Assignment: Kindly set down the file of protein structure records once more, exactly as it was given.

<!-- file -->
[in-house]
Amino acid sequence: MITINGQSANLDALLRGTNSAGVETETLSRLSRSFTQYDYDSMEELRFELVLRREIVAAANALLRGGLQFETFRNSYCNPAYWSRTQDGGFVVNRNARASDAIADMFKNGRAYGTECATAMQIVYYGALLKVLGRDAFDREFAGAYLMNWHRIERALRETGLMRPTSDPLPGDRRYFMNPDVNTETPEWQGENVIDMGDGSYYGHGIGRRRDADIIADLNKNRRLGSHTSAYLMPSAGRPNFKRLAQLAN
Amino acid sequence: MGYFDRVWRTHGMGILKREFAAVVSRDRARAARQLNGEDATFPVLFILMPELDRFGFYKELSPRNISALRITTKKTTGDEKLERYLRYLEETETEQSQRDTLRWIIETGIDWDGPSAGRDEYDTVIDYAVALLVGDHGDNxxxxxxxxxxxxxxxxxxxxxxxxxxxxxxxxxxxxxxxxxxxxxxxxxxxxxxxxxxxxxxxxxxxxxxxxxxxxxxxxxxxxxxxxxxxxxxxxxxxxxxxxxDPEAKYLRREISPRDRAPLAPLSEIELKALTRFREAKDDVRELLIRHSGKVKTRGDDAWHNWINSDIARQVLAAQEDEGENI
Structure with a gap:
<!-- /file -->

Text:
[in-house]
Amino acid sequence: MITINGQSANLDALLRGTNSAGVETETLSRLSRSFTQYDYDSMEELRFELVLRREIVAAANALLRGGLQFETFRNSYCNPAYWSRTQDGGFVVNRNARASDAIADMFKNGRAYGTECATAMQIVYYGALLKVLGRDAFDREFAGAYLMNWHRIERALRETGLMRPTSDPLPGDRRYFMNPDVNTETPEWQGENVIDMGDGSYYGHGIGRRRDADIIADLNKNRRLGSHTSAYLMPSAGRPNFKRLAQLAN
Amino acid sequence: MGYFDRVWRTHGMGILKREFAAVVSRDRARAARQLNGEDATFPVLFILMPELDRFGFYKELSPRNISALRITTKKTTGDEKLERYLRYLEETETEQSQRDTLRWIIETGIDWDGPSAGRDEYDTVIDYAVALLVGDHGDNxxxxxxxxxxxxxxxxxxxxxxxxxxxxxxxxxxxxxxxxxxxxxxxxxxxxxxxxxxxxxxxxxxxxxxxxxxxxxxxxxxxxxxxxxxxxxxxxxxxxxxxxxDPEAKYLRREISPRDRAPLAPLSEIELKALTRFREAKDDVRELLIRHSGKVKTRGDDAWHNWINSDIARQVLAAQEDEGENI
Structure with a gap: